Sorry for the gloomy tone in my last post; I just didn’t have it in me to blow sunshine up anyone’s bell bottoms last week.
On Friday I cheered up quite a bit visiting with former colleagues who departed the Atlanta Journal-Constitution in the latest round of buyouts. Like my group’s farewell party in August, we huddled at Manuel’s Tavern, a famously warm and eclectic Atlanta watering hole, with journalists passing around cold pitchers in one room while in the next a birthday party featured a calypso band.
The circumstances were not pleasant, of course — 70+ more people out the door (including some layoffs) following my buyout group of 73 eight months ago, which followed the departures of around 50 journalists a year before that. A newly reorganized newsroom is less than half what it was two years ago, and I truly feel for those staying behind and soldiering on.
But for those who just departed, it was time to celebrate their work and recall the camaraderie we shared, especially during some very rough recent times.
That’s what I miss the most about not being in a newsroom. And it’s what absolutely tore me up a few months ago while I wrote this “Life After Newspapers” essay at the request of the University of South Carolina School of Communications. Perhaps my thoughts sound terribly naïve and idealistic and are totally divorced from the scenarios that many journalists face after they leave newsrooms. If so, I stand guilty as charged. I’m trying to take the long view, but the attitudes of many of us understandably are being shaped by the rather grim realities of the moment.
So I cannot possibly imagine what the Boston Globe newsroom has been like this week, or what it will be like for the next few weeks as negotiations between the New York Times Company and the Newspaper Guild continue.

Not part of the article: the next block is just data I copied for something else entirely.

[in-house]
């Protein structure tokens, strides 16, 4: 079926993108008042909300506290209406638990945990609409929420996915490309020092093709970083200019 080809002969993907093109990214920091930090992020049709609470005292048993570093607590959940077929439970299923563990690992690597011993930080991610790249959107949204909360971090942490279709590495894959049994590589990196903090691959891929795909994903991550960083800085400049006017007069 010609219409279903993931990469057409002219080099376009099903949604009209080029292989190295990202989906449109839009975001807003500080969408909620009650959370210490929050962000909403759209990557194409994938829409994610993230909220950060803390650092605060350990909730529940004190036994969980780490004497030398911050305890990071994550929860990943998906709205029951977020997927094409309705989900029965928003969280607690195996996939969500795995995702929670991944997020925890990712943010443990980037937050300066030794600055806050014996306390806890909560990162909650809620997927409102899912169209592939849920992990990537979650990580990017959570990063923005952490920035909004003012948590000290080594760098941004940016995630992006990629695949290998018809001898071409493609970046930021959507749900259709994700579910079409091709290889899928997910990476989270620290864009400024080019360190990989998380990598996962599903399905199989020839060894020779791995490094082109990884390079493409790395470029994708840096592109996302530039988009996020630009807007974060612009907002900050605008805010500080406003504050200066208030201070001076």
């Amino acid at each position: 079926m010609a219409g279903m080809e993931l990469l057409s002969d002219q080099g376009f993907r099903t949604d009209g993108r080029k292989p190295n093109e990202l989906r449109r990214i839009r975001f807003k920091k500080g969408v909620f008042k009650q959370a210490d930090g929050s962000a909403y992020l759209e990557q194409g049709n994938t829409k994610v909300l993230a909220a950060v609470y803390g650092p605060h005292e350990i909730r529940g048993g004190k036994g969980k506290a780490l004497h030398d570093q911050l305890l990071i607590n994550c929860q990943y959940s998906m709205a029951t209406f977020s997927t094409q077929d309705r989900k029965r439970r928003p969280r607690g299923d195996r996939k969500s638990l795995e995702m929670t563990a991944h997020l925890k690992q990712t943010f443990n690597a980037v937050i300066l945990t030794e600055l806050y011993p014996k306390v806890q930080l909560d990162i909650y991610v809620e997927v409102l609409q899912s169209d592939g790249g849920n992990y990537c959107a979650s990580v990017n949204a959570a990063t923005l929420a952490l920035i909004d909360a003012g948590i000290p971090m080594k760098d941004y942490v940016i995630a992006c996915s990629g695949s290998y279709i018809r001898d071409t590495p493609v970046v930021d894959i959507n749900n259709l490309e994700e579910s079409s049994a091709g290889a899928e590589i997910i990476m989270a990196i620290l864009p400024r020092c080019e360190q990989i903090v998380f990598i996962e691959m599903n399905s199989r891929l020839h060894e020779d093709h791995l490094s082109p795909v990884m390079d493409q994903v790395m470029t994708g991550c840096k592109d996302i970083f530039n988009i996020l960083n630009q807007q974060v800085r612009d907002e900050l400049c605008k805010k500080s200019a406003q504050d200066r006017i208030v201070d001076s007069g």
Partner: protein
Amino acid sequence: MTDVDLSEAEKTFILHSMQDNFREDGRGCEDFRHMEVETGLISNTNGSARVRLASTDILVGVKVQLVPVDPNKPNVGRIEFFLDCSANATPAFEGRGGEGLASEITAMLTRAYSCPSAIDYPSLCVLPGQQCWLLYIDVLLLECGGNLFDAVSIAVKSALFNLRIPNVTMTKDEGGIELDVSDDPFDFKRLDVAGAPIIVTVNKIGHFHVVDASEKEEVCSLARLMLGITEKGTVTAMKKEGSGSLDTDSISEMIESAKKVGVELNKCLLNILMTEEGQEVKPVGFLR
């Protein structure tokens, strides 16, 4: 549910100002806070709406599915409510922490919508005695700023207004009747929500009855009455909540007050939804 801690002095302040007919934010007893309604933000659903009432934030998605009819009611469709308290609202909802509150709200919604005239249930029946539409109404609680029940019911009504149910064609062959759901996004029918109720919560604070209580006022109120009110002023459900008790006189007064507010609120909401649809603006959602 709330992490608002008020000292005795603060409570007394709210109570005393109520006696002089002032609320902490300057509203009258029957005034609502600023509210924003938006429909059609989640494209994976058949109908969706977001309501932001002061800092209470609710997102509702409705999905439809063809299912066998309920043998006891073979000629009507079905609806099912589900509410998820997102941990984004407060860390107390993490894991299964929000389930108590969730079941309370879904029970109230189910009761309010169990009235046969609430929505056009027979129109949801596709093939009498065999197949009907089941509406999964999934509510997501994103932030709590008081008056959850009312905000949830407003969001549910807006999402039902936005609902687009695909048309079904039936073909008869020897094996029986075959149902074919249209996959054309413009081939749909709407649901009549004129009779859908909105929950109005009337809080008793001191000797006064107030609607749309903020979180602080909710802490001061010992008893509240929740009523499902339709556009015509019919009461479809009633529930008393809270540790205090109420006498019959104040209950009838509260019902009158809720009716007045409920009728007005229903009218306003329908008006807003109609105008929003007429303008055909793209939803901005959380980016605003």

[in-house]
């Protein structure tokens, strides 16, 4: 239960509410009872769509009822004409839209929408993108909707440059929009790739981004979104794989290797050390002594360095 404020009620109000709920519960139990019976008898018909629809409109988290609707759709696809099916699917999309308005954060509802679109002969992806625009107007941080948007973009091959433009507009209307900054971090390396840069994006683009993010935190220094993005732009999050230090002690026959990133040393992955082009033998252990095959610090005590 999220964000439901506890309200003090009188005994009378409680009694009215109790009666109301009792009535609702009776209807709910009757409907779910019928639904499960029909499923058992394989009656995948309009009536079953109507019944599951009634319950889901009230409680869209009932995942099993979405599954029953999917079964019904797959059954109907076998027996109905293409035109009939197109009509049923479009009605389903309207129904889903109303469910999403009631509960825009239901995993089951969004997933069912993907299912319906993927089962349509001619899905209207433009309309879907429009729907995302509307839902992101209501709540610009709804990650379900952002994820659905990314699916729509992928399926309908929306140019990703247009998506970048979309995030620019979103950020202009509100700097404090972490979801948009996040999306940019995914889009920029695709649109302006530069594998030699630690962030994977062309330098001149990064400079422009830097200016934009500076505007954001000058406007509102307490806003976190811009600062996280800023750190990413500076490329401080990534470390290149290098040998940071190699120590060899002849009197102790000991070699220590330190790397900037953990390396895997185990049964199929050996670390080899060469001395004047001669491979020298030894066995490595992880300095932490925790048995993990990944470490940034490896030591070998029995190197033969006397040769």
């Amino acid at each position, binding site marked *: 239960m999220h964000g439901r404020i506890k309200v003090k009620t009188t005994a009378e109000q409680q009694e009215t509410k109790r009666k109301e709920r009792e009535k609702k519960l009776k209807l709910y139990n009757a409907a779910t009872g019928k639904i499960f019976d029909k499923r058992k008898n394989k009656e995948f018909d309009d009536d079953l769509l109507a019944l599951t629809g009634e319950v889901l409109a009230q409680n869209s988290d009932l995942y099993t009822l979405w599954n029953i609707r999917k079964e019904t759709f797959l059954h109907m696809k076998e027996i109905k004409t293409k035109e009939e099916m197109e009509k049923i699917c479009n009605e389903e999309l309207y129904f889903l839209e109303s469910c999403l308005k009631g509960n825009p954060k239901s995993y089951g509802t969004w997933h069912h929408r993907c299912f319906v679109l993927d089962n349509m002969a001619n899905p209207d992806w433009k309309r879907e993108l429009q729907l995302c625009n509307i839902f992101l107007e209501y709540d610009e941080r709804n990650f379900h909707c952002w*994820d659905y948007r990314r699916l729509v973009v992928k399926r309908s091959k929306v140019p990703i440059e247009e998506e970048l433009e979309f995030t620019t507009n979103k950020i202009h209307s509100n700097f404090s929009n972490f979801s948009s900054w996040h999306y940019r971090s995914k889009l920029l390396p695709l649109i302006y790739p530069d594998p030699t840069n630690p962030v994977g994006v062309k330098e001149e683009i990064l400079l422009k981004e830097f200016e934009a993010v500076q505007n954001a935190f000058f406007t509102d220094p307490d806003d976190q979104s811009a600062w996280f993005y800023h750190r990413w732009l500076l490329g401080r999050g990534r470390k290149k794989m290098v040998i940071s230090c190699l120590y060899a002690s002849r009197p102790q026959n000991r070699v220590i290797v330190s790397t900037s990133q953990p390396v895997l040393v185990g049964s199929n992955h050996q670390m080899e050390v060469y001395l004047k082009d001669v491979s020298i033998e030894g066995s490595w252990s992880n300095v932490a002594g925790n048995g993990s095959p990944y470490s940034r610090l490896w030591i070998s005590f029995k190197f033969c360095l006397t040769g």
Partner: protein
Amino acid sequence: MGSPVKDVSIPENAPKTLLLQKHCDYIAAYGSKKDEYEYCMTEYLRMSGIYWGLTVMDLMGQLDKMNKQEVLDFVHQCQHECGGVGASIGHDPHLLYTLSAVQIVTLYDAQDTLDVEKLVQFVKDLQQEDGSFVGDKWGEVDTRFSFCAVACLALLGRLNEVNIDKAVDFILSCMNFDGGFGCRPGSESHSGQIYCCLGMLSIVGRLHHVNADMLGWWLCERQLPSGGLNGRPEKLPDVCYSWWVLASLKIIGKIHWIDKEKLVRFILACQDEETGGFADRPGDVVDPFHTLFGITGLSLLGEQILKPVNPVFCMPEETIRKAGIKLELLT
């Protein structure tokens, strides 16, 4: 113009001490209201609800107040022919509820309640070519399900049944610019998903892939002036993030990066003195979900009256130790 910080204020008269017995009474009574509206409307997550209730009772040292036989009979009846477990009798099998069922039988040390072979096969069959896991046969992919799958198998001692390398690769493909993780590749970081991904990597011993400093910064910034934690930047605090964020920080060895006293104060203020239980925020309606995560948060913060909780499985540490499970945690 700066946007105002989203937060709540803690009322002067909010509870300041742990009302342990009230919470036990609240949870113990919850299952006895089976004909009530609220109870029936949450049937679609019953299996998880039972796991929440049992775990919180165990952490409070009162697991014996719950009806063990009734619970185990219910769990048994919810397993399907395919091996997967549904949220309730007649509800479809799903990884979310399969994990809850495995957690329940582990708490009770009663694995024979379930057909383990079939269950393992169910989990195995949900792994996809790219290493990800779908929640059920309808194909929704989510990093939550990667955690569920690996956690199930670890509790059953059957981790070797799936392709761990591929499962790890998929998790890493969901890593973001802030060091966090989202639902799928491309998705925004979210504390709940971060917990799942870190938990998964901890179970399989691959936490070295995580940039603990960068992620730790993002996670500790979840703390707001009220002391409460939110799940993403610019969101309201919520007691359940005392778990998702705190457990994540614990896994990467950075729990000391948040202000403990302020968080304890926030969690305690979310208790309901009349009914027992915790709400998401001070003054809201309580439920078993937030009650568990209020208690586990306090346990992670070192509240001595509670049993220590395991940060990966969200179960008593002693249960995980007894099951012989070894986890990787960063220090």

The Guild is the only one of seven Globe unions that hasn’t agreed to major concessions that likely will include massive job cuts. Could the future of that newspaper company really hinge on Guild objections at removing the “lifetime guarantee” job status for 170 journalists?
In my 25 years in newspapers, I never worked for one that had a newsroom union. So I have no idea what it’s like to be in a place in which labor issues are an integral part of the newsroom culture. For that matter, having a job with permanent security is something I never even fantasized about.
I’m sure there are quite a few Globe veterans who never thought a day like this would arrive. Their union negotiated for, and won them, this distinction that obviously is antiquated. Blame whomever you please, if you think you must; I’m not trying to assign it here. What’s happening in Boston is at best a no-win situation for everyone.
But Alan Mutter’s point is well-put: There’s no such thing as a guarantee. Certainly not in this industry, and in most others as well. It’s a frightening prospect that so many of us have had to contemplate in recent months.
I hate it that there will be no happy farewells for those working at the Globe, whether it stays in business or not.